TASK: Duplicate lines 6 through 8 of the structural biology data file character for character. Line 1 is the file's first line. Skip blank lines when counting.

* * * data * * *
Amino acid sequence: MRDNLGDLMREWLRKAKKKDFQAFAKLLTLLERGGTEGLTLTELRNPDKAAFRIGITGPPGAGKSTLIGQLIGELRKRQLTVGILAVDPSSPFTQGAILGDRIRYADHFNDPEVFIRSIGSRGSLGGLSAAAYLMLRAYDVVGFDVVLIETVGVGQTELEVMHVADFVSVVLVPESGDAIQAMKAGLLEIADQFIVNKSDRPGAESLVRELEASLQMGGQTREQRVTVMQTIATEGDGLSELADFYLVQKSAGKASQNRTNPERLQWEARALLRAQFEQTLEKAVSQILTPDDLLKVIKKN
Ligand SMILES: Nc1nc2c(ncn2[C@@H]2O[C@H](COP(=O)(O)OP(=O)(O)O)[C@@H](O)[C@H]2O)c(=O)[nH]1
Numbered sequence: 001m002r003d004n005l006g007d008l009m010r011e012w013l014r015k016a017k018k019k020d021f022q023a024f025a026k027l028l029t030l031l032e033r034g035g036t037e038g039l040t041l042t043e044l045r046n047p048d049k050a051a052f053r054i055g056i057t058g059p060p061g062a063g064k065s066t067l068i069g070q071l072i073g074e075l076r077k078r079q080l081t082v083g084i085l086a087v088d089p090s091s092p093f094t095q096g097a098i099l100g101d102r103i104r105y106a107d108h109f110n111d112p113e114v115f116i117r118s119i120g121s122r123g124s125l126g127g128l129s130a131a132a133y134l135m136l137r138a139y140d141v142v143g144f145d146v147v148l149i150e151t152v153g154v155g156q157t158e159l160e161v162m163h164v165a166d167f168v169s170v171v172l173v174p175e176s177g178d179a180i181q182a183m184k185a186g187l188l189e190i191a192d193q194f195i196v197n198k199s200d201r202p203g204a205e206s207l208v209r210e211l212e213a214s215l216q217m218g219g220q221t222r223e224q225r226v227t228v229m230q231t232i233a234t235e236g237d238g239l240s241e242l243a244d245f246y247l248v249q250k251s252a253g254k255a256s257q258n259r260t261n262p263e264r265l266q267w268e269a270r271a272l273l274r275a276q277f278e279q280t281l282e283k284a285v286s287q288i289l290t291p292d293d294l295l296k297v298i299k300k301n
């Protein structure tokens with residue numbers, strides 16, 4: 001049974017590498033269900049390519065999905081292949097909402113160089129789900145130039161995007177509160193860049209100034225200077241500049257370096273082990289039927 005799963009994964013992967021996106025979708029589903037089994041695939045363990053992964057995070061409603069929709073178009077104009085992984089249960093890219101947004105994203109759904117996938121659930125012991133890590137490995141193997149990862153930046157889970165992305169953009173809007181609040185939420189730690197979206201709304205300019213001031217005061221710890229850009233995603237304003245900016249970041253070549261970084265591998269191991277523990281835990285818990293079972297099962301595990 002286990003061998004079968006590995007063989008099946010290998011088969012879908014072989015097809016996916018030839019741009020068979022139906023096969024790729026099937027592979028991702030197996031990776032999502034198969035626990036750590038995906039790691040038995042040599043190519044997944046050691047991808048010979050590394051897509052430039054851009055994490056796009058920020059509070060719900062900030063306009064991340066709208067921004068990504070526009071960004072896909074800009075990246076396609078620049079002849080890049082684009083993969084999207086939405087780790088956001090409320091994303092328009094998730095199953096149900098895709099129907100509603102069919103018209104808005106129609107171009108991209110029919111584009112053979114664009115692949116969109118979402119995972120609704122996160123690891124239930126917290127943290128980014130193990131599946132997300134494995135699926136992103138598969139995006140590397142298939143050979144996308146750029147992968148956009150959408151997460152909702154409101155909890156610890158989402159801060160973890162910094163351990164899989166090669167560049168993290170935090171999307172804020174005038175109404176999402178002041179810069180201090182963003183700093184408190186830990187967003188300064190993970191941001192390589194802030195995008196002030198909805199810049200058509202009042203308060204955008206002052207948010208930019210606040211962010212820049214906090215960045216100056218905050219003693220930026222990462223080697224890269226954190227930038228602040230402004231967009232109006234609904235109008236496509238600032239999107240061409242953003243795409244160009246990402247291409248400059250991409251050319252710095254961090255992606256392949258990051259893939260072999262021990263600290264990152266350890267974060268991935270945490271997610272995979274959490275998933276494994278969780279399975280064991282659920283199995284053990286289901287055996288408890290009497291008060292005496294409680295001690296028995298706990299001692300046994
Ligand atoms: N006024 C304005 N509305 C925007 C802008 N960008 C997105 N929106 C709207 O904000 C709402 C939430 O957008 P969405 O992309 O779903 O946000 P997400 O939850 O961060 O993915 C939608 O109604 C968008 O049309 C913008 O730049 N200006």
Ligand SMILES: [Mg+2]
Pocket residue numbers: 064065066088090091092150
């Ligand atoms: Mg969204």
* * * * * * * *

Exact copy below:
Ligand SMILES: [Mg+2]
Pocket residue numbers: 064065066088090091092150
């Ligand atoms: Mg969204």